The morning ended with reflections from Michael Campbell, who teaches in the Philippines.  He reviewed Luther’s understanding of the Lord’s Supper, noting, too, how Protestant hostility to Catholic conceptions has generally “deemphasized the importance of the Lord’s Supper.”  He showed that Adventists at first limited communion to committed believers, but then changed toward today’s “open communion,” speculating that this may owe, at least in part, to expanding “missiological horizons” as the church abandoned the “Shut Door” theory of the late 1840s and early 1870s began moving into foreign missions.

A turn to the Anabaptists, the still influential dissenters from Reformation coziness with civil authority, began Wednesday afternoon.  Martin Rothkegel, who teaches at a Baptist institution in Berlin, observed that the Anabaptist story contributed to “modern understandings of a free society” and has come to appear “more attractive” in the wake of the Hitler debacle in twentieth-century Germany.  In the body of his presentation, he offered detailed description of the movement’s plural origins: it was “no monolithic entity,” even with respect to non-violence.  With an eye to his audience, he described the brief outbreak of seventh-day-observing Anabaptism in the south of Moravia.  He also pointed out that Dutch Mennonites, one expression of the Anabaptism, played a key role in the introduction of believer’s baptism to separatist circles in seventeenth-century England, where the formation of “Baptist movements” would come to have influence in America.

Trevor O’Reggio, from Andrews University, argued for clear similarity between Anabaptism and Adventism. With respect to baptism, church discipline, and the Lord’s Supper,  and to separation from the world, salvation, eschatology and religious liberty, Adventist perspective suggest a substantial, if also indirect, “lineage” to this movement.  He invoked Adventist historian George Knight as backing for this claim, and noted further that some 30 percent of Millerite preachers were, like Miller himself, Baptist.  He referred, too, to the influence of Seventh-day Baptist mission Rachel Oaks.

Charles Scriven followed O’Reggio by considering “the most formidable systematic thinker” among contemporary theologians who take a “NeoAnabaptist” point of view.  His elaboration of James William McClendon’s thought focused on possible “leverage points” for Adventist self-criticism and renewal, and offered, among other things, an account of McClendon’s Anabaptist hermeneutic, or Bible-reading strategy.

The final morning was Thursday, May 12, and there was a turn to 1888 and the message of righteousness by faith.  First Woody Whidden, now retired from Andrews University, argued that Ellen and James White had more to do with the overall 1888 experience than A. T. Jones and E. J. Waggoner.  These latter both left the church eventually, as Whidden was at pains to point out, and in the case of Waggoner in particular, there was a sharp veering away from justification by faith and the penal substitutionary understanding of atonement.  He argued that these facets of Adventist theory regarding “righteousness by faith” became, under White’s influence, Adventist orthodoxy, as well as examples of Reformation orthodoxy.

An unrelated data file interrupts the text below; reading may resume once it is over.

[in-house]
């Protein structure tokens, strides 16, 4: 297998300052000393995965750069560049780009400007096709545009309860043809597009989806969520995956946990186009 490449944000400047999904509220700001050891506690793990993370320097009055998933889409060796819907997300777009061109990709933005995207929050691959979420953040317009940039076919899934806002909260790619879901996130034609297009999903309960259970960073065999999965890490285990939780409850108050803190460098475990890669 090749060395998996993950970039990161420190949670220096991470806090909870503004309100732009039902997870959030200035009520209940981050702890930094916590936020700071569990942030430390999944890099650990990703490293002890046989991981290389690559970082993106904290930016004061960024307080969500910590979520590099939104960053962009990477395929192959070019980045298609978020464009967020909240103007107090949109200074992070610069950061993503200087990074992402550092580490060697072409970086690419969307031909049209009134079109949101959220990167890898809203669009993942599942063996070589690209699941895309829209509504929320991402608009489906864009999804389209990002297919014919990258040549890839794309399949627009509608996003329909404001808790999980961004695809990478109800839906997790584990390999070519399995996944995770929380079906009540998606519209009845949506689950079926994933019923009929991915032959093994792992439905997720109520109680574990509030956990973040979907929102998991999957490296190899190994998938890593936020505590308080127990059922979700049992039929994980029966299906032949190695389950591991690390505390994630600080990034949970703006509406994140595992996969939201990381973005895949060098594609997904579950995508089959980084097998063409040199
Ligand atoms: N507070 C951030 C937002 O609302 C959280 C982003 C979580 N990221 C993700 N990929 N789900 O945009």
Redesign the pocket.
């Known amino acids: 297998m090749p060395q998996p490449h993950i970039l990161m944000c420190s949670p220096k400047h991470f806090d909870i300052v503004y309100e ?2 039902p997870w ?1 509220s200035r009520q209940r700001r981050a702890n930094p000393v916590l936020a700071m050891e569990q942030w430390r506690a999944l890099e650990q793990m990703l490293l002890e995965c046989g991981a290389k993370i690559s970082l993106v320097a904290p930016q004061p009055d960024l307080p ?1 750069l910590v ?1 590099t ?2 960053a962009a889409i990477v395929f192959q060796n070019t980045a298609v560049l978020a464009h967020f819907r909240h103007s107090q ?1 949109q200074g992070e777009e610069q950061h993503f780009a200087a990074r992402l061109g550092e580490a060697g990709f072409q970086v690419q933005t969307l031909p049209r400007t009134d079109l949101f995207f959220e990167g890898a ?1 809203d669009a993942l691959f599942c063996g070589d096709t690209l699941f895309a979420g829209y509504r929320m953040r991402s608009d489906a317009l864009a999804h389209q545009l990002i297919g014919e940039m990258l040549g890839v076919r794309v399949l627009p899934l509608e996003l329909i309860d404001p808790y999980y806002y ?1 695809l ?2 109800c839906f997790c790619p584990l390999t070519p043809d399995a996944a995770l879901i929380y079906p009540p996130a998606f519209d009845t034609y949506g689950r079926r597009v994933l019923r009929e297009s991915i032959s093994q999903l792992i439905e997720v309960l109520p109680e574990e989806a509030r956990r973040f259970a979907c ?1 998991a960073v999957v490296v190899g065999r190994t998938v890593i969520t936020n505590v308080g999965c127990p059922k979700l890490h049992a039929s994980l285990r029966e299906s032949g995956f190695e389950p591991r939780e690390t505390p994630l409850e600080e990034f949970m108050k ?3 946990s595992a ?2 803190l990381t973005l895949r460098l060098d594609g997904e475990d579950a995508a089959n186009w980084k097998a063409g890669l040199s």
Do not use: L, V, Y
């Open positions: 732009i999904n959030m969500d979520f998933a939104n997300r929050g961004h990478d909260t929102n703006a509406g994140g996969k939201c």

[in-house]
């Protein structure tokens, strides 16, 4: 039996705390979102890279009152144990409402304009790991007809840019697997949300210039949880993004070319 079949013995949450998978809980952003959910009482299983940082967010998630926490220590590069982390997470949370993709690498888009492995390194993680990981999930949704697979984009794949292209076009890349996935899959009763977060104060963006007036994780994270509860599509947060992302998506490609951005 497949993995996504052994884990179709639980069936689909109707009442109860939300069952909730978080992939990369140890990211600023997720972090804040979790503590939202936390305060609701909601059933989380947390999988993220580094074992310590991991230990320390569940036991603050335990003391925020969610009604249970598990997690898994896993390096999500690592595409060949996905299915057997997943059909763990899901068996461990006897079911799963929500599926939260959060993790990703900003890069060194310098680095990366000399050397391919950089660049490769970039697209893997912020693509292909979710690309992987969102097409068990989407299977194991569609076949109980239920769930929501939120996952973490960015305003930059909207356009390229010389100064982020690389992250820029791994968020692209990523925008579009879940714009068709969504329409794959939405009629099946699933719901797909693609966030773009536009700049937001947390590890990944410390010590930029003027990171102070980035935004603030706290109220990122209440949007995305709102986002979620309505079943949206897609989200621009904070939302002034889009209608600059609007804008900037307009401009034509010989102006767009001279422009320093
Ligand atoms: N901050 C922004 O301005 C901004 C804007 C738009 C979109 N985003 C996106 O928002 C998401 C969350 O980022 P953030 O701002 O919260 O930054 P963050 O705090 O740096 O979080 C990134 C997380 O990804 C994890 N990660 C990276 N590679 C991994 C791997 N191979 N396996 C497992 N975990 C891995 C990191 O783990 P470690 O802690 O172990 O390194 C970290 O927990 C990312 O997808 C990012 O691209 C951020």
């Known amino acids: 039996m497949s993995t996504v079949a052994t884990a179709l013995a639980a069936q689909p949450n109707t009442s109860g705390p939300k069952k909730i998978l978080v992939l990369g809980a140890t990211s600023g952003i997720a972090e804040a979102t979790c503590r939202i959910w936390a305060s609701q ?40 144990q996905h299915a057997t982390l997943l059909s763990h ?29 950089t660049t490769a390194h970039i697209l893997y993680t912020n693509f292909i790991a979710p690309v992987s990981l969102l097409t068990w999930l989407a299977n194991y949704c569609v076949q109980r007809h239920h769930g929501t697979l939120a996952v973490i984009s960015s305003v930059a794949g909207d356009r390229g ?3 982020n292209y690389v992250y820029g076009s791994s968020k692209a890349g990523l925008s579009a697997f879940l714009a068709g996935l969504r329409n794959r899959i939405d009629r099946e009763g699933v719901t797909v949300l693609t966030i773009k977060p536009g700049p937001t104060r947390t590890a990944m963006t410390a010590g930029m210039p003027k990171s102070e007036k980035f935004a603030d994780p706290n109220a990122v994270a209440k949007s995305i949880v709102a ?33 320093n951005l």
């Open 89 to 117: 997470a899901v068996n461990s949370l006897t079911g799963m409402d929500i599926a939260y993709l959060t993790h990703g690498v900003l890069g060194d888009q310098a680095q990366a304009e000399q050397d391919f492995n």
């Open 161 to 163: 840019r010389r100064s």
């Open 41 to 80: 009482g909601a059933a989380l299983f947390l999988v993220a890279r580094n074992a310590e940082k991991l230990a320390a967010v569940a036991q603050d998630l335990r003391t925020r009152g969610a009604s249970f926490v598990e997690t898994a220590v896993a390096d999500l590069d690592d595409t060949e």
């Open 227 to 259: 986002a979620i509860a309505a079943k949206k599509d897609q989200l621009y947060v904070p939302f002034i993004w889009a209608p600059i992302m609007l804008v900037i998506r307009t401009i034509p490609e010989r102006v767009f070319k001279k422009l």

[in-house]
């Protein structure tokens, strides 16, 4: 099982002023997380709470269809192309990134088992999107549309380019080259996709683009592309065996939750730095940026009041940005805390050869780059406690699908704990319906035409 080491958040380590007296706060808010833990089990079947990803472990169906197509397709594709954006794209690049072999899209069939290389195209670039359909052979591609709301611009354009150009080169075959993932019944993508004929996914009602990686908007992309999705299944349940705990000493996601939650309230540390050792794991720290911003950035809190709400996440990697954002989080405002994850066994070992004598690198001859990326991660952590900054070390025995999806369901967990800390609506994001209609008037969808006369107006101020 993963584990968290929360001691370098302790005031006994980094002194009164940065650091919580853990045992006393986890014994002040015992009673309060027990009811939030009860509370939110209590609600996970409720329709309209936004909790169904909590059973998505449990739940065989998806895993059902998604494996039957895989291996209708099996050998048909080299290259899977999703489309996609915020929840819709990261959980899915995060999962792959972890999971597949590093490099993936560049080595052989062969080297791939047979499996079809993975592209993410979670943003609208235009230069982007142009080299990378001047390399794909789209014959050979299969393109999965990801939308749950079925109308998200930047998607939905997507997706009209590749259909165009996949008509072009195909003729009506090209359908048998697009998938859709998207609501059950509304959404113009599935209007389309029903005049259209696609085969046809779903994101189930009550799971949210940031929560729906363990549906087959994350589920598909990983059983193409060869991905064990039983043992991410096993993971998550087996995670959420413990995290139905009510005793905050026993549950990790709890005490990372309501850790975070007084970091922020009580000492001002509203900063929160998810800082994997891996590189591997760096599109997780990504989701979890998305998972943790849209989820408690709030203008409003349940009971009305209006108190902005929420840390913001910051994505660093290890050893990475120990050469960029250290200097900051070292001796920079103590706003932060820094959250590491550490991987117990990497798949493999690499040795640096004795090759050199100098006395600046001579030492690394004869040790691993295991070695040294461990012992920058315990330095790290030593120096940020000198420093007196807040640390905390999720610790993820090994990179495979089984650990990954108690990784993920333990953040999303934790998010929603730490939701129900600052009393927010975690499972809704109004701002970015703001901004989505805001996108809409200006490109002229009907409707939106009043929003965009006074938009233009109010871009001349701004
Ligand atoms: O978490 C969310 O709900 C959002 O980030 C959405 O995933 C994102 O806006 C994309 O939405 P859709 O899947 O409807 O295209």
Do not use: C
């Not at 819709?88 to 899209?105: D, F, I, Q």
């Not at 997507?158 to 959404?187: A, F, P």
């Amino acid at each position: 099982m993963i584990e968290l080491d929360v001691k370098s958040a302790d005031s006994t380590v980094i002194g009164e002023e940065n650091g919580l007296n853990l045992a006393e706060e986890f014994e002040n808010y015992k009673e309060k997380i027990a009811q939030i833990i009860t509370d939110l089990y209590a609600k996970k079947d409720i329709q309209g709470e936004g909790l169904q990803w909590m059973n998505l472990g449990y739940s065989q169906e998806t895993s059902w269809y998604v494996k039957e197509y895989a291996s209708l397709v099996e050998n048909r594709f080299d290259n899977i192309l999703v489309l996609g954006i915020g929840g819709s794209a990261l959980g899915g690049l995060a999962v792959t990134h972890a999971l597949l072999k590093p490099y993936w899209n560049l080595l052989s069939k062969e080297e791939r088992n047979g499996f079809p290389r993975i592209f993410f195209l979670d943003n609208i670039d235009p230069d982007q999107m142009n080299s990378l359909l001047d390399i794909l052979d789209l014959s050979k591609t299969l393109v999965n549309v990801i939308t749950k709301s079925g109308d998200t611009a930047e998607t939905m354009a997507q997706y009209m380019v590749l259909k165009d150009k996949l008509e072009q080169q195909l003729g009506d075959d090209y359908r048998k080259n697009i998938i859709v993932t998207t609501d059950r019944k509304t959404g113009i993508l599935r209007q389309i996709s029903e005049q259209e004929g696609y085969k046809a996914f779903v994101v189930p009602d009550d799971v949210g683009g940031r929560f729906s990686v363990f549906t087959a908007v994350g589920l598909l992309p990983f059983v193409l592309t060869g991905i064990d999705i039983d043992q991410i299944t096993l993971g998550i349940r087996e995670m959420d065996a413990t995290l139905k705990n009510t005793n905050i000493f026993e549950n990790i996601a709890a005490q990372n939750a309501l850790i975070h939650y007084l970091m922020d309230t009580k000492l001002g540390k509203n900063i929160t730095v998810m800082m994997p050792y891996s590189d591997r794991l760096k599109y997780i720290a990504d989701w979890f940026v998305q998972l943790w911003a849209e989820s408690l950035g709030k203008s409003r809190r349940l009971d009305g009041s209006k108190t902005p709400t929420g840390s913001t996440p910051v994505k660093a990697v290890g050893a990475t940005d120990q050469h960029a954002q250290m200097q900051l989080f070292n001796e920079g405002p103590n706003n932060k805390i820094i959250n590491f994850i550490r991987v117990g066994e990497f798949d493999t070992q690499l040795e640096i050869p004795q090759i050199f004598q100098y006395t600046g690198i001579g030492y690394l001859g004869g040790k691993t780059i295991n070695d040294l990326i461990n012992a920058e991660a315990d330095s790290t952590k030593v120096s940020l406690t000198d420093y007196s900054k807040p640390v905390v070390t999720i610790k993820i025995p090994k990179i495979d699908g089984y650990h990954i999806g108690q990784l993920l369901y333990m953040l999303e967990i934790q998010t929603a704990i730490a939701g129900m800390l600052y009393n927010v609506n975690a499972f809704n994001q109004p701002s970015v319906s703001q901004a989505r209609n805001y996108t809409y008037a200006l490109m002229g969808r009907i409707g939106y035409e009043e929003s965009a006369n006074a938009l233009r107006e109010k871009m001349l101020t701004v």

Gilbert Valentine, of La Sierra University, told the story of the Ford Controversy during the 1960s and 70s, when again righteousness by faith was a galvanizing doctrine.  The Ford story began with Robert Brinsmead’s incessant advocacy of moral perfectionism, and became a nearly church-wide quarrel.  Desmond Ford responded with his popular preaching of the assurance of salvation, while several top leaders, including two editors of the Adventist Review and the General Conference president, swung toward the perfectionist perspective even as Brinsmead himself was suddenly renouncing it.  Martin Chemnitz, a later Reformer and hostile commentator on the Catholicism’s Council of Trent, now came into play, and discord deepened.  Ford was eventually removed from the Adventist ministry, and many others also left the ministry, or even the church, over what was going on.  The whole story illustrates, said Valentine, how one factor in Adventist disharmony over these matters is its different perceptions of the Reformation.

So are we, Rolf Pöhler asked as the conference was coming to its close on Thursday morning, the true “heirs” of the Reformation?  In retirement, he still teaches systematic theology at Friedensau, and along with his successor Stephan Höschele, was one of event’s key organizers.  We understand ourselves, he continued, to be “keepers of the flame,” “restorers of early church tenets,” “revivers of neglected truth.”  But maybe these words, he suggested, are more like a mission statement than a description of settled fact.  And as for the claim to be “the ‘final remnant’ of God’s true church,” as one Adventist interpreter of the Reformation put it years ago, this, too, deserves a second thought.  Are we as committed as we should be to hearing what God is saying to us?  Is the Bible now “less bound by the shackles of ecclesiastical authority than it was in Reformations times…?”

Pöhler’s questions evoked, it appeared, the sense of humility he was looking for.  He seemed to say that aspiration is better than self-regarding claims.  One conference participant had remarked that truth “cannot be inherited, it has to be discovered,” and Pöhler now repeated the remark.

The proceedings ended with participants looking forward to an afternoon excursion to Wittenberg.  They were also weighing the thought they would go home with: Can a movement be among the Reformation’s true heirs unless it is humble through and through?

 

Charles Scriven is Board Chair of Adventist Forum, the organization that publishes Spectrum.